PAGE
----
There really was nothing to be done with the land except to create a public open space. But first Portslade Council had to acquire the land. In Council Minutes dated 8 April 1930 it was stated the council had purchased land at the rear of St Andrew’s Road from Mr J. Hillman and they now wanted to purchase land at the rear of Norway Street from Mr A. C. Waugh and would issue proceedings to enforce the contract.

In June 1930 the Minister of Health sanctioned Portslade Council’s request to borrow £325 in order to purchase the land. In December 1930 Braybons Ltd wrote a letter complaining about the terrible condition of council land opposite their land in the continuance of Vale Road. Braybons offered to pay something towards the cost of putting things in order.

But the council’s hands were tied until the litigation with Alfred Charles Waugh was resolved. The case was heard in the Chancery Division of the High Court from 17 to 19 December 1930 before Mr Justice Clauson. Portslade Council claimed for specific performance of contract with Waugh for the purchase of land near the west side of Norway Street. The opinion seemed to be that the judge mis-directed himself by saying Mr R.H. Waugh (agent of vendor) did not know the District Valuer had previously evaluated twelve acres, including the three in question. But it was not worthwhile to appeal. It was suggested the vendor be invited to sell the land at a price fixed by the Public Arbitrator, or, if that failed, to take steps to acquire the land under compulsory purchase under the provision of Public Works Facilities 1930.

In January 1931 Portslade Councillors discussed Mr Waugh and his land. Public Health officials had been obliged to visit the site many times because it was being used as a tip with ‘decaying vegetable matter in fairly large quantities’ plus tins all left exposed. Theodore Roberts, Waugh’s solicitor, objected to these inspections and the taking of photographs and threatened to apply for an injunction. Portslade Council retorted they had a perfect right to take a look under section 102 of the Public Health Act 1875.

The land in question measured two acres, three roods and twenty-eight perches and some eighteen square yards was to be allocated to a continuation of Vale Road. There were also some twenty-nine perches pencilled in to become a continuation of Franklin Road. The latter road was of course never built but it would be interesting to know whether or not modern-day planners knew of this earlier proposal when they instigated the creation of a footpath linking Franklin Road to Church Road.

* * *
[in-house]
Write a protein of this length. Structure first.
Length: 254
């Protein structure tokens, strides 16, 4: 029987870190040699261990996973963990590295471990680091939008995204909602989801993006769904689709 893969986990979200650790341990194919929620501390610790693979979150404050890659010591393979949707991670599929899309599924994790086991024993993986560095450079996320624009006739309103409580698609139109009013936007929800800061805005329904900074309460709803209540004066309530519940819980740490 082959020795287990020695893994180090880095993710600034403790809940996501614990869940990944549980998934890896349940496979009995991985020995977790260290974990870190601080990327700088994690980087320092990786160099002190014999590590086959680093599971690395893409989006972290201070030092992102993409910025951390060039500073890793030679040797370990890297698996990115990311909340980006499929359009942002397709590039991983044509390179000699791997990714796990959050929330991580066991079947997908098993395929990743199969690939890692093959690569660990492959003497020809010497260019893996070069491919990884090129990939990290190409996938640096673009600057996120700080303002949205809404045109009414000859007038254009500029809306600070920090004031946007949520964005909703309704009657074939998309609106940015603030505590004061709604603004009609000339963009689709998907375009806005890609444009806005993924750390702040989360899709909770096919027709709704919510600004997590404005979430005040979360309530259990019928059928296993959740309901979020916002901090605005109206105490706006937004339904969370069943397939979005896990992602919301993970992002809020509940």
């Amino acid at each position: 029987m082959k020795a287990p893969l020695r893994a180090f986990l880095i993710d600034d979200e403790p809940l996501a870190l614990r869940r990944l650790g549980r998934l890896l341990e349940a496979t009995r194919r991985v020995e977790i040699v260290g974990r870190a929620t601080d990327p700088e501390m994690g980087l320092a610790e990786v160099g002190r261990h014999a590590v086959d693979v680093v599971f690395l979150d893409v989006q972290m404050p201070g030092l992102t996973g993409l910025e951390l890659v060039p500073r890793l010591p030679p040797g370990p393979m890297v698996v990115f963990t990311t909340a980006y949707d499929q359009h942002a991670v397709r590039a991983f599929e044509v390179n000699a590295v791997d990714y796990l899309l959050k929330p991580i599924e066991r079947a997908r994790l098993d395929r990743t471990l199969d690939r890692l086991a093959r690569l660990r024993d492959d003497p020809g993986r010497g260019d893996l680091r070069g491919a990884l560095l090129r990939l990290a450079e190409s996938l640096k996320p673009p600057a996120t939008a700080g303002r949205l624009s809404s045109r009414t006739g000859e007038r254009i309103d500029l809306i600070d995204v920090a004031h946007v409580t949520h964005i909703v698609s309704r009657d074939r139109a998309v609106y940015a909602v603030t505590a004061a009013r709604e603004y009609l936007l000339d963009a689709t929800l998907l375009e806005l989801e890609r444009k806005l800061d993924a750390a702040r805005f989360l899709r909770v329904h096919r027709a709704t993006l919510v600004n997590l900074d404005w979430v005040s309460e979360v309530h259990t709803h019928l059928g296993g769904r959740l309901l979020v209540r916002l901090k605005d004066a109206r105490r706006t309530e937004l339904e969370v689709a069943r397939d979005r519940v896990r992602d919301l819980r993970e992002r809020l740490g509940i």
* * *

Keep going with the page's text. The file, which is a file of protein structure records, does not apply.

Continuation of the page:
To complicate matters further, there were other landowners besides Waugh and compulsory purchases were set in motion to acquire their pieces of land.

In March 1931 Waugh was on the warpath again, claiming damages of £649-0-4d from Portslade Council who offered him £100 with costs, and if refused, they resolved to contest the claim. The costs of Portslade Council versus Alfred Charles Waugh stood at £364-04d and the provisional amount was to be treated as part of the costs of acquiring the land.

In May 1931 Mr H.P. Nye, Portslade Council’s Valuer, advised that a sealed bit of £1,365 be made to Waugh for his interest in the lands marked one and three on the deposited map. Tandy Ltd and Mr R. Breach both offered to give up a portion of number three without compensation.

In June 1931 there was an inquiry as to damages sustained by Waugh in consequence of an injunction obtained by Portslade Council in April 1930 before Watkins Williams in Chambers of the Chancery Division of the High Court. Mr C. Montgomery White represented the council and he had also been their junior counsel in the principal action. He suggested it was a matter of compromise. Ultimately, it was agreed that the council should pay £200 damages and the costs of the inquiry were to be taxed in default of an agreement. There was further correspondence between the parties and Waugh agreed to accept the terms of the compromise if the council paid him £50 instead of £25. Not surprisingly, Portslade Council agreed; they probably thought it was cheap at the price if it meant an end to Mr Waugh’s litigations.

In February 1932 negotiations were made with Messrs F.G. Grocott & Sons to borrow £2,600 to purchase the land west of Norway Street. In view of all the difficulties with rubbish tipped on Waugh’s land, it seems incredible that Portslade Council thought of doing the same thing. But the surveyor stated there were plenty of free tips in the district and so it would not be worthwhile.

Vale Park

In July 1932 Portslade Council accepted the tender of James Morley & Sons to erect fencing around the area at a cost of £76-16s; it was the lowest tender. It is interesting to note that originally it was known as Vale Recreation Ground but there were no official sports pitches and it soon became Vale Park, covering 2.4 hectares.  It served as a green lung in an area of dense housing and even into the Sixties it was just a grassed area with no attempt at planting flowers or shrubs. In 1960 public conveniences were built near Denmark Road. In around 2011 a cash-strapped council decided these toilets ought to be closed to save money. But a further study led to a change of heart and in January 2012 it was stated they would remain open after all.